Winter Weather

“Prepare for the worst” is still the motto for emergency preparedness staff ahead of a possible ice storm this weekend.

The National Weather Service issued an ice storm warning stretching from the final moments of Saturday through Sunday night. The storm comes with risk of significant icing, with one-tenth to four-tenths of an inch of ice, minor snow and sleet possible in the lower Piedmont and northeast Georgia. The warning includes Greenwood, Abbeville and Laurens counties in the Lakelands.

The forecast changed rapidly all week, Greenwood County Emergency Management Coordinator George McKinney said, ranging from 8 inches of snow in Monday’s forecast to the ice storm warning issued Friday. He said residents should expect wind gusts up to 30 miles per hour, which alongside precipitation is a recipe for downed trees.

“The biggest impact that we’re looking at is road closures and power outages, and they could be significant across the area,” McKinney said. “If you’ve got a generator, get the generator ready. If they have medical needs, like an oxygen machine, either get a backup generator available or get a tank backup.”

Greenwood County’s staff started Thursday pulling additional resources such as bags of salt for defrosting roads and alerting emergency staff to be ready in case they’re needed. McKinney said staff members were sharpening saws to clear any downed trees that block roads or take down power lines.

The state Department of Transportation has spent recent days applying salt brine to major roads, including U.S. highways 221 and 25, and S.C. Highway 72 and the bypass. They also pre-treated roads around Self Regional Medical Center and other emergency facilities.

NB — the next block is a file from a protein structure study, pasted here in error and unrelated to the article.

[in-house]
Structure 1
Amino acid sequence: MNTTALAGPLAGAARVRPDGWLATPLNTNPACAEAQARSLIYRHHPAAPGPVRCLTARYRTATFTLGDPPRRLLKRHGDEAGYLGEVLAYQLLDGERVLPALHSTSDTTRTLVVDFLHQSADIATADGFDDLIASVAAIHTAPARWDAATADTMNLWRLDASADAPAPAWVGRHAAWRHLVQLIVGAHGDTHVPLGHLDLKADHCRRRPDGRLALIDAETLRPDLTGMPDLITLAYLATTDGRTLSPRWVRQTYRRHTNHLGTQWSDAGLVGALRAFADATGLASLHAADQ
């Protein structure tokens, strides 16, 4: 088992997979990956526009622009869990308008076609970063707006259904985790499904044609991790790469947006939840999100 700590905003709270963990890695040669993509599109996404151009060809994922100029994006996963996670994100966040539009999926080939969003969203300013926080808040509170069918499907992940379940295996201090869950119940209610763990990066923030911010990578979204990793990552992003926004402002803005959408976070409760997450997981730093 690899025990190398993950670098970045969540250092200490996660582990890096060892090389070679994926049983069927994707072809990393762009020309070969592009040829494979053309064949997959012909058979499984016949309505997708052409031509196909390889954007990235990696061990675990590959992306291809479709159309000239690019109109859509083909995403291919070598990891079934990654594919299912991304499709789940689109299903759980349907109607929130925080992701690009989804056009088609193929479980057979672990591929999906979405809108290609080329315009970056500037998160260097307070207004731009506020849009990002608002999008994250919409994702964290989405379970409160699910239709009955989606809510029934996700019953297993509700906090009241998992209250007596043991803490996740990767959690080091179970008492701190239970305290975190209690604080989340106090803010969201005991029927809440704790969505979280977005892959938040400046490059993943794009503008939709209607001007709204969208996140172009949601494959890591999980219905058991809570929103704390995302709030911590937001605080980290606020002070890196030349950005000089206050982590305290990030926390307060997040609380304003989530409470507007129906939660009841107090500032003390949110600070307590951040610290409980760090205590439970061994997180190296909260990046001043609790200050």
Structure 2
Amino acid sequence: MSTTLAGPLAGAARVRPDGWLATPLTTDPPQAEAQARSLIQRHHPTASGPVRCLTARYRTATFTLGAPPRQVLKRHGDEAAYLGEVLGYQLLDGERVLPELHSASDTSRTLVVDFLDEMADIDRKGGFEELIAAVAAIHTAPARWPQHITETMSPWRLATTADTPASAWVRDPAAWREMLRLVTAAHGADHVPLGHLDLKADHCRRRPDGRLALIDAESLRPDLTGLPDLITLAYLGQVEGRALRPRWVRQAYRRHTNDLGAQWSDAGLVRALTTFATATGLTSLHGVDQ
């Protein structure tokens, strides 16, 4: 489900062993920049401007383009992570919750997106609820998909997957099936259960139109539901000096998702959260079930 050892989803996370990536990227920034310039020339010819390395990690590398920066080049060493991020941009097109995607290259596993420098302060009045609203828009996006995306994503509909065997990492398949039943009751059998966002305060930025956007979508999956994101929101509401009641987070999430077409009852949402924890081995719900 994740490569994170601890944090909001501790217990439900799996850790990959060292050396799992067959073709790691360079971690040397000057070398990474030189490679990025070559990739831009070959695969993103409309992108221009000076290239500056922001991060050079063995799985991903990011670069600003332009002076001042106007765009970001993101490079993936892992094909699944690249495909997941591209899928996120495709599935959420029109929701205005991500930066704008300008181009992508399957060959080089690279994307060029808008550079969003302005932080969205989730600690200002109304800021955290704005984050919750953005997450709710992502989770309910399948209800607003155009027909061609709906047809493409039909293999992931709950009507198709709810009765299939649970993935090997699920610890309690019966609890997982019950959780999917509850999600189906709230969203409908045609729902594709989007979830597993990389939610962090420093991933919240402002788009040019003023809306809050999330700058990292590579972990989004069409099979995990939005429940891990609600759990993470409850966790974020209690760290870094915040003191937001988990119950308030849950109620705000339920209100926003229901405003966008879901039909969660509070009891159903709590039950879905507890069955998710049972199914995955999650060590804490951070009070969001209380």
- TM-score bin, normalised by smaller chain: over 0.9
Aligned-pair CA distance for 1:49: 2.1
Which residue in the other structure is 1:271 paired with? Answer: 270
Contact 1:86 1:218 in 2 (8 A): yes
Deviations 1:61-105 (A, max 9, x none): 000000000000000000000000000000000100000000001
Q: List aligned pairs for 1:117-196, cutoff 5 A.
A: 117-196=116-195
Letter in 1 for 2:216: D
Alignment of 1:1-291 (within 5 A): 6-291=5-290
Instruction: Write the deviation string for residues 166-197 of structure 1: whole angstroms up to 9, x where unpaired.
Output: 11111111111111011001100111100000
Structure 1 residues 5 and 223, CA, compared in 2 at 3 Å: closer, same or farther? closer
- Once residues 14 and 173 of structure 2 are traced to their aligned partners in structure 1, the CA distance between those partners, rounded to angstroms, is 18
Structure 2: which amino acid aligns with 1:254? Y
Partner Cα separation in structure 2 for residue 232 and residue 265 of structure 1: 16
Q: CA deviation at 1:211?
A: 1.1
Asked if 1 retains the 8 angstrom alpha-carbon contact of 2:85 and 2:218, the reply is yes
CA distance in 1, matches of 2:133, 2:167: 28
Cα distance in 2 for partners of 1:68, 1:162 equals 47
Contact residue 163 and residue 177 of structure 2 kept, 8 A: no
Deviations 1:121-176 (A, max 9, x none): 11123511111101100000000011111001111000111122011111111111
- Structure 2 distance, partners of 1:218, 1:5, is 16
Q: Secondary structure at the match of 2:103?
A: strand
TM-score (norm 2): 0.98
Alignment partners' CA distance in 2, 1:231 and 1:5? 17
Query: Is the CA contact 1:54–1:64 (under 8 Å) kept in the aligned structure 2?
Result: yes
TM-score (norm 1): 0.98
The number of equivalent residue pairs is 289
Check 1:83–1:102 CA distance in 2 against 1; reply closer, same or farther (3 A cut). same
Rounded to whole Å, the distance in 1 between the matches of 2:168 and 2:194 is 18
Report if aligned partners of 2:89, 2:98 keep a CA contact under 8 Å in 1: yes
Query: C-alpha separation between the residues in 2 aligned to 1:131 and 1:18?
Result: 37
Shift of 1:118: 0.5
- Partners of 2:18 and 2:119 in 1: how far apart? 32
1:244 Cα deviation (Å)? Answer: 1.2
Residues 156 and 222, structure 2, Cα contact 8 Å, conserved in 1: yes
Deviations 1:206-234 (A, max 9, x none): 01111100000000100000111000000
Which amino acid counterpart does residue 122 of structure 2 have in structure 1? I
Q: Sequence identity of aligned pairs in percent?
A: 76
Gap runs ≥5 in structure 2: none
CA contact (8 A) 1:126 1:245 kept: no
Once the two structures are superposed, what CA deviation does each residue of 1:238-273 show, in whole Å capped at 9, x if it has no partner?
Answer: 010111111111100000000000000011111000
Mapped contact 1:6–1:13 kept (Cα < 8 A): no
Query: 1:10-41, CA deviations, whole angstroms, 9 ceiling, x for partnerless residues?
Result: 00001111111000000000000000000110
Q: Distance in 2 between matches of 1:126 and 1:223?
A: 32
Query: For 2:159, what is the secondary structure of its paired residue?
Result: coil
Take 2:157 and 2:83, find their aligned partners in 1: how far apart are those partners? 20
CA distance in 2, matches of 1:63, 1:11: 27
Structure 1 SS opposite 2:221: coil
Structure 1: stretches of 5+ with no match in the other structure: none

“SCDOT workers in high probability areas such as Greenwood County will be working 12-hour shifts around the clock starting Saturday and continuing throughout the duration of the storm,” said Robert Kudelka, DOT representative. “Forecasts may change. However, SCDOT earlier this week initiated its winter storm operations plan to counter a ‘worst-case scenario’ of winter weather conditions.”

Drivers are urged to avoid the roads during the snow and ice, and those who must travel should slow down and stay clear of road crews clearing and de-icing streets.

“The good thing about this storm is it’s coming in over a long weekend,” he said. “Still, people should be ready to sustain for two or three days without power, in case we do have major outages.”

He said people should prepare ahead of time, stocking up on what they need in the event of any prolonged power outages. Duke Energy staff are getting ready for outages, bringing in about 600 staffers from other services areas from the Midwest to Florida to help with power restoration across the Carolinas, according to a news release.

“The company has also secured approximately 1,000 workers from other utilities who are scheduled to arrive in the Carolinas by Saturday to help restore power quickly and safely to impacted customers,” the release said.

In Abbeville, Little River Electrical Cooperative Member Services and Communications Director Tricia Smith said “We’re ready for it. We’re always on standby waiting for it.” They have crews from lower state counties available to help, and have assigned places for co-op crews to wait for possible repairs.

McCormick County’s Emergency Services Director Chris Doolittle monitored weather forecasts while staying ready to act.

“Local government departments and our volunteer groups have also been placed on standby for possible activation Saturday and Sunday as needed,” he said. “We have coordinated with SCEMD and local state agencies to update contact information, and are preparing for potential ice.”